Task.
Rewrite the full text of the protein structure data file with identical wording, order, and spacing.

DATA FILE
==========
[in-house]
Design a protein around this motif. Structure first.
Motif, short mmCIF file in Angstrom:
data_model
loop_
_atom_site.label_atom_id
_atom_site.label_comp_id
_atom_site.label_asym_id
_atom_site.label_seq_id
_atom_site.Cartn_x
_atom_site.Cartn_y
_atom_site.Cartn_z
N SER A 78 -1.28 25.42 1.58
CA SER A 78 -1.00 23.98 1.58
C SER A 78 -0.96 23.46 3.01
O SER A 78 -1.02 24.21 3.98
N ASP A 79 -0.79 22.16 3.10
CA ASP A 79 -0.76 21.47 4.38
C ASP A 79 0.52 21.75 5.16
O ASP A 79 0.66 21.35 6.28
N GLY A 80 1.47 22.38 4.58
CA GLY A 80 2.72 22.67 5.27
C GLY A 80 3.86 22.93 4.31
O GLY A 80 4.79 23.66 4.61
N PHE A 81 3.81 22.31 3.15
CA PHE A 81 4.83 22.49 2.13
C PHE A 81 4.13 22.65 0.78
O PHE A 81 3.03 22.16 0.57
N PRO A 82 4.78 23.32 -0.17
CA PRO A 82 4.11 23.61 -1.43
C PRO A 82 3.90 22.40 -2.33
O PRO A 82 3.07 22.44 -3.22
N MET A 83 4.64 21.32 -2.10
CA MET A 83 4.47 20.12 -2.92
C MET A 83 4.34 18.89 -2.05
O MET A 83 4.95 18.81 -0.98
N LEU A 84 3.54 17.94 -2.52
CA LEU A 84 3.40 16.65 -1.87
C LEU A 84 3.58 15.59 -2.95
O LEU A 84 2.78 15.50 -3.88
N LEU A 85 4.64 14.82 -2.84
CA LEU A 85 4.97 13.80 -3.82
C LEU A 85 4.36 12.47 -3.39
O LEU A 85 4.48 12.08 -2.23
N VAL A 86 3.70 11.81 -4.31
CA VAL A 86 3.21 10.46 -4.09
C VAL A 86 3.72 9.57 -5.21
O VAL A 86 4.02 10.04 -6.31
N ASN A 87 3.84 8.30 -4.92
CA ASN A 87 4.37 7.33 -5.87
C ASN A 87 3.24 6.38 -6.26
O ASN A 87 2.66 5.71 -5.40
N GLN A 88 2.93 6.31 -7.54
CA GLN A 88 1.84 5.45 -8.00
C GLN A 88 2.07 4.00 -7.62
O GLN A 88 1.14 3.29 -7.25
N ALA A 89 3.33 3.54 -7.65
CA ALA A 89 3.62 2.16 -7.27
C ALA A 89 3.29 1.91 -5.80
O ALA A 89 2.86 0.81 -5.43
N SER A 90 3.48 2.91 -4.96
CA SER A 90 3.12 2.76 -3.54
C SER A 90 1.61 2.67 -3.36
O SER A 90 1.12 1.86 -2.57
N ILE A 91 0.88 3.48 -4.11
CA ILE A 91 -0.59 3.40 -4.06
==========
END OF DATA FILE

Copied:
[in-house]
Design a protein around this motif. Structure first.
Motif, short mmCIF file in Angstrom:
data_model
loop_
_atom_site.label_atom_id
_atom_site.label_comp_id
_atom_site.label_asym_id
_atom_site.label_seq_id
_atom_site.Cartn_x
_atom_site.Cartn_y
_atom_site.Cartn_z
N SER A 78 -1.28 25.42 1.58
CA SER A 78 -1.00 23.98 1.58
C SER A 78 -0.96 23.46 3.01
O SER A 78 -1.02 24.21 3.98
N ASP A 79 -0.79 22.16 3.10
CA ASP A 79 -0.76 21.47 4.38
C ASP A 79 0.52 21.75 5.16
O ASP A 79 0.66 21.35 6.28
N GLY A 80 1.47 22.38 4.58
CA GLY A 80 2.72 22.67 5.27
C GLY A 80 3.86 22.93 4.31
O GLY A 80 4.79 23.66 4.61
N PHE A 81 3.81 22.31 3.15
CA PHE A 81 4.83 22.49 2.13
C PHE A 81 4.13 22.65 0.78
O PHE A 81 3.03 22.16 0.57
N PRO A 82 4.78 23.32 -0.17
CA PRO A 82 4.11 23.61 -1.43
C PRO A 82 3.90 22.40 -2.33
O PRO A 82 3.07 22.44 -3.22
N MET A 83 4.64 21.32 -2.10
CA MET A 83 4.47 20.12 -2.92
C MET A 83 4.34 18.89 -2.05
O MET A 83 4.95 18.81 -0.98
N LEU A 84 3.54 17.94 -2.52
CA LEU A 84 3.40 16.65 -1.87
C LEU A 84 3.58 15.59 -2.95
O LEU A 84 2.78 15.50 -3.88
N LEU A 85 4.64 14.82 -2.84
CA LEU A 85 4.97 13.80 -3.82
C LEU A 85 4.36 12.47 -3.39
O LEU A 85 4.48 12.08 -2.23
N VAL A 86 3.70 11.81 -4.31
CA VAL A 86 3.21 10.46 -4.09
C VAL A 86 3.72 9.57 -5.21
O VAL A 86 4.02 10.04 -6.31
N ASN A 87 3.84 8.30 -4.92
CA ASN A 87 4.37 7.33 -5.87
C ASN A 87 3.24 6.38 -6.26
O ASN A 87 2.66 5.71 -5.40
N GLN A 88 2.93 6.31 -7.54
CA GLN A 88 1.84 5.45 -8.00
C GLN A 88 2.07 4.00 -7.62
O GLN A 88 1.14 3.29 -7.25
N ALA A 89 3.33 3.54 -7.65
CA ALA A 89 3.62 2.16 -7.27
C ALA A 89 3.29 1.91 -5.80
O ALA A 89 2.86 0.81 -5.43
N SER A 90 3.48 2.91 -4.96
CA SER A 90 3.12 2.76 -3.54
C SER A 90 1.61 2.67 -3.36
O SER A 90 1.12 1.86 -2.57
N ILE A 91 0.88 3.48 -4.11
CA ILE A 91 -0.59 3.40 -4.06